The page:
The scansorial foot of the woodpeckers, with comments on the evolution of perching and climbing feet in birds. American Museum novitates ; no. 1931

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New York, N.Y. : American Museum of Natural History
"The scansorial foot of the woodpeckers is not a zygodactyl foot, as commonly believed, but a quite different structure - the ectropodactyl foot. With the exception of the most generalized members of the Picinae, which retain the ancestral zygodactyl foot as the climbing foot, the toes of a climbing woodpecker are arranged as follows: toes two and three point forward, the fourth toe is thrust out to the lateral side at right angles to the fore toes, and the hallux usually lies beneath the distal end of the tarsometatarsus in a cramped position and is functionless. In the ivory-billed woodpecker, the hallux is long and functional and is directed laterally next to the fourth toe. The fourth toe is either directed forward or thrust out to the side. In all the climbing woodpeckers, the fore toes, together with the stiffened tail feathers which are propped against the tree trunk, serve to support the bird against the downward and inward component of gravity. The laterally directed fourth toes, and to a slight extent the fore toes, prevent the bird from being pulled away from the trunk by the outward component of gravity. Any toe pointing down the tree trunk would be functionless. Lastly, the evolution of the ectropodactyl foot from the zygodactyl foot is outlined. 2. The evolution of the perching- and climbing-foot types in birds is described. It is shown that the main requirement of a perching foot is a set of strong opposable toes. The anisodactyl, syndactyl, heterodactyl, and zygodactyl arrangements of the toes fill the requirements of a perching foot. On the other hand, the toes of a climbing foot must be arranged to oppose the pull of gravity and should bear strongly curved claws. The anisodactyl, syndactyl, pamprodactyl, and ectropodactyl foot types comply with the functional demands of a climbing foot. A dendrogram showing the foot types and their evolution is given. It is shown that each arrangement of the toes evolved in response to a particular function (i.e., anisodactyl foot evolved for perching), but once evolved it was also suitable for other functions (i.e., running or climbing). 3. A brief discussion of the principle of multiple pathways of adaptation or evolution is presented. It is shown that there may be several morphologically different answers to the same selection force and that the morphological differences between these adaptive answers are not the result of differences in function but are a result of phylogenetically different starting points. Furthermore, it is shown that one cannot conclude that different structures (i.e., arrangements of the toes) are non-adaptive just because their morphological differences are non-adaptive. Examples from the evolution of the perching- and climbing-foot types were chosen to illustrate these conclusions"--P. 42-43.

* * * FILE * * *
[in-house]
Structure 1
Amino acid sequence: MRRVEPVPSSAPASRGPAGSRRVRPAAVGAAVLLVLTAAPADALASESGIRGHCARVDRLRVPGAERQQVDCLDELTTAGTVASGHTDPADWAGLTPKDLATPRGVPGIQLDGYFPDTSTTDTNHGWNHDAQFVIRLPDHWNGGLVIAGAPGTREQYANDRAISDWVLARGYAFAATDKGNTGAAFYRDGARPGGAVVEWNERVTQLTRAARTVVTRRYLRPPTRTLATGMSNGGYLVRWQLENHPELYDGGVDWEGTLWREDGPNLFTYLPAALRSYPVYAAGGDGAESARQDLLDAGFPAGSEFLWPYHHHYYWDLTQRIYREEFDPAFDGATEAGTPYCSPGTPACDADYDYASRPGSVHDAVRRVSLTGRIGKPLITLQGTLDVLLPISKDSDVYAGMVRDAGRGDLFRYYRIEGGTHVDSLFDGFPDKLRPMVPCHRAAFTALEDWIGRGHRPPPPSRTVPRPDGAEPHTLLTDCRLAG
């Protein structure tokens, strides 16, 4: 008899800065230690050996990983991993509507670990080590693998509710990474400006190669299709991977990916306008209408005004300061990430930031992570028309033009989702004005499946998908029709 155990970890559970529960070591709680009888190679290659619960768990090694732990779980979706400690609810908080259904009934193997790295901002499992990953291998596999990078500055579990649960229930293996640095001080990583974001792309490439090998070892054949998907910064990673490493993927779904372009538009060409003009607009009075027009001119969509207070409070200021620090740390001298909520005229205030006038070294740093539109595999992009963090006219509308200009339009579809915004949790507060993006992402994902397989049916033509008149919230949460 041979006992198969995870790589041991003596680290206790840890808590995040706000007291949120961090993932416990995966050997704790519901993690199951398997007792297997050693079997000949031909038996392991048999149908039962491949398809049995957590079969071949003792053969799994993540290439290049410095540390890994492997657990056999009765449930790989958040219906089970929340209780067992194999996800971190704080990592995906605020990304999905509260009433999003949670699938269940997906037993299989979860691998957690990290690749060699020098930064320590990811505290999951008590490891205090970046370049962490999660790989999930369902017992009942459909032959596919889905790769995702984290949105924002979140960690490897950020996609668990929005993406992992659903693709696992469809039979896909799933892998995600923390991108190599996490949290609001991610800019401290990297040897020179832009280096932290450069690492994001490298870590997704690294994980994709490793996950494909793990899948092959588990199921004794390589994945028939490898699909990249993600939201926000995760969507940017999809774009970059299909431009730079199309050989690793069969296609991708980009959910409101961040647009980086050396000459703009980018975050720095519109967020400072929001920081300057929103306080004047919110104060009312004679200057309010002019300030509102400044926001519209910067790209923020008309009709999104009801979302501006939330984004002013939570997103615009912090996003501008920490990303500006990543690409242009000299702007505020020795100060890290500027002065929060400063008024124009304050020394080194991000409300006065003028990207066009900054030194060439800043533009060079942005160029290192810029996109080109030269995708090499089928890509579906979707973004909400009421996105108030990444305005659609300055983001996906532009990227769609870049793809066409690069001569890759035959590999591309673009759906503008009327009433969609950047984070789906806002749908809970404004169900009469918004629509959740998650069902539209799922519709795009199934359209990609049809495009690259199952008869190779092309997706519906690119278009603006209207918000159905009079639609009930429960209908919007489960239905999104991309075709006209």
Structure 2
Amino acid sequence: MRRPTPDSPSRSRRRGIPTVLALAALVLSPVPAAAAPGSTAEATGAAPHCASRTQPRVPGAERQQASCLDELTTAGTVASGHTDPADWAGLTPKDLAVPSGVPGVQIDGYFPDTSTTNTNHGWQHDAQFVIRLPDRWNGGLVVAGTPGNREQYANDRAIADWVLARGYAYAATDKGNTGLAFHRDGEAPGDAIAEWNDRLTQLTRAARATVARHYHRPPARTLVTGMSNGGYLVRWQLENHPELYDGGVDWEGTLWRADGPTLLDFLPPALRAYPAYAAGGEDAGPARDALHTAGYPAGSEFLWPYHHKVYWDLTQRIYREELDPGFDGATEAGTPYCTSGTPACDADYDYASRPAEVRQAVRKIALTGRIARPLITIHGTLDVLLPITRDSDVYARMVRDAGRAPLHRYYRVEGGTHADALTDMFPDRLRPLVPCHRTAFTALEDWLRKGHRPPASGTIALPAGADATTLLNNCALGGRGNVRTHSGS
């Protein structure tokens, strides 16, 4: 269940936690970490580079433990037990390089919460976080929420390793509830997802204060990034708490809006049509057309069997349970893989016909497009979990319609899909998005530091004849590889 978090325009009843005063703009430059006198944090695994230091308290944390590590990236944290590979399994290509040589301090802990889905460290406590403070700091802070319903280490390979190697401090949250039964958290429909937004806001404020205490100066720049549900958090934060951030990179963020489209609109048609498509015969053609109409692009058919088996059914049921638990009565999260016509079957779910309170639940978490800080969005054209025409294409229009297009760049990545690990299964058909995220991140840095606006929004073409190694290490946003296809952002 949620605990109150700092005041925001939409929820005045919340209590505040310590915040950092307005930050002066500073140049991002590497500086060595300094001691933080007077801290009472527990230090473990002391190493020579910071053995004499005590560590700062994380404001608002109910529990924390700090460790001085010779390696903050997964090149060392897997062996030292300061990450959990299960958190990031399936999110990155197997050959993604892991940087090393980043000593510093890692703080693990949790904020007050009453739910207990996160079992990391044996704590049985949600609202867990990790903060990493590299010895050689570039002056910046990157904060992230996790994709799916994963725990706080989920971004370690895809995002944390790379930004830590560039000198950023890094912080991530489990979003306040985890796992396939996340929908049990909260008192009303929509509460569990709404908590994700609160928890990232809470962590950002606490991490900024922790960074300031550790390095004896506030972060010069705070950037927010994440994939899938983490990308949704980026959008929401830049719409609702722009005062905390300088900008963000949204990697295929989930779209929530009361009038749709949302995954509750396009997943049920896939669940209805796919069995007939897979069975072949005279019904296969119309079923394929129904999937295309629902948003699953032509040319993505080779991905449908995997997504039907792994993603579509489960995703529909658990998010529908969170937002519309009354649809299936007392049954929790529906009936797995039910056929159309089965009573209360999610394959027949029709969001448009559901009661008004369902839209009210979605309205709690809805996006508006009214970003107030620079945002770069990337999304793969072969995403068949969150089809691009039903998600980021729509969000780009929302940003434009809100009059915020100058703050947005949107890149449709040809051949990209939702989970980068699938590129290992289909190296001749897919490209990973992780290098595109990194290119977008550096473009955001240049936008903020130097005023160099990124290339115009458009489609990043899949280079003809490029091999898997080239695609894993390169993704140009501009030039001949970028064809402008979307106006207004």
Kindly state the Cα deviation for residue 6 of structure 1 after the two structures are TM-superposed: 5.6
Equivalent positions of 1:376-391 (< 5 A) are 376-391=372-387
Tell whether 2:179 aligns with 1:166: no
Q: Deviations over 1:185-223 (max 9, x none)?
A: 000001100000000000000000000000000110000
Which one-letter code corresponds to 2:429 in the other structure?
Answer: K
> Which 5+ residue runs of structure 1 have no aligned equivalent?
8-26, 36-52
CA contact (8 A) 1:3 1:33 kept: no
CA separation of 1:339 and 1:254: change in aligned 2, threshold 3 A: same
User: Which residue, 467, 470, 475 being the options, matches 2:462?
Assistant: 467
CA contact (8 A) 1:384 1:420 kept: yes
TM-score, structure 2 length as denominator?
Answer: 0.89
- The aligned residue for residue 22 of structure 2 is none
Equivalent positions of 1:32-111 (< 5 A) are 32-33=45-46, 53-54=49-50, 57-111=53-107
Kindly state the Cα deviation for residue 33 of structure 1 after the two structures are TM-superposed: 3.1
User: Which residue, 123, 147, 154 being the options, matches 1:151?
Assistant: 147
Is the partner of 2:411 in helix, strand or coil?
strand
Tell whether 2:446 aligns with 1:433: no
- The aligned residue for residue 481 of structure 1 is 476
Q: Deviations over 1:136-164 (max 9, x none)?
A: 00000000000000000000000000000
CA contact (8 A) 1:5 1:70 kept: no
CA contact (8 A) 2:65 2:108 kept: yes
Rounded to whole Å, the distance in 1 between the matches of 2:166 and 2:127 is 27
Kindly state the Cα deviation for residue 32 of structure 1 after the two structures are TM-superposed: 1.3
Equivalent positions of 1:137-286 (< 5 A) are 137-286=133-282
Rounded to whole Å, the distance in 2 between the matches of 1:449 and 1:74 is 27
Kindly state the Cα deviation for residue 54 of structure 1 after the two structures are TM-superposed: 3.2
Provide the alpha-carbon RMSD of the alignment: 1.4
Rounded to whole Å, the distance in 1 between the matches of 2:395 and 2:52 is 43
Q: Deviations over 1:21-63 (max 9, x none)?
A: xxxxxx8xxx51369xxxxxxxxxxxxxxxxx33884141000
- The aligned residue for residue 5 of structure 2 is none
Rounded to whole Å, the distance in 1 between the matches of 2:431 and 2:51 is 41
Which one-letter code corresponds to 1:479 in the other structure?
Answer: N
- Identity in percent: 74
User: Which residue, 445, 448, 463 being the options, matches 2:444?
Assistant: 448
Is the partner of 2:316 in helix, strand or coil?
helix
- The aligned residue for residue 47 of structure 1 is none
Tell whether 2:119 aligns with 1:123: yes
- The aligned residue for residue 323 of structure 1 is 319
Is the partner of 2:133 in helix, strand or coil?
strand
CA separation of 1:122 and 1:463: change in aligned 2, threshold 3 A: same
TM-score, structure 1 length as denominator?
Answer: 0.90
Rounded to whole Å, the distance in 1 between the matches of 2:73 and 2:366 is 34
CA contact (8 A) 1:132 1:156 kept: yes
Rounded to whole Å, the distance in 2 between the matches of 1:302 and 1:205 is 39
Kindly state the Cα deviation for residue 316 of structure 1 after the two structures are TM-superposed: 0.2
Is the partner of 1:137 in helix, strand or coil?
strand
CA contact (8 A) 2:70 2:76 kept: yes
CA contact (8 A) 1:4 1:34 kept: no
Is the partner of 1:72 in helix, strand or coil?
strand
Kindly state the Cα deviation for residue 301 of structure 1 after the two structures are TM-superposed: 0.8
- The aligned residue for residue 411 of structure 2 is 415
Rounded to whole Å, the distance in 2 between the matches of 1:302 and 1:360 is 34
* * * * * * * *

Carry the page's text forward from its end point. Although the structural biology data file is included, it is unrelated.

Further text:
45 p. : ill. ; 24 cm.
Includes bibliographical references (p. 43-45).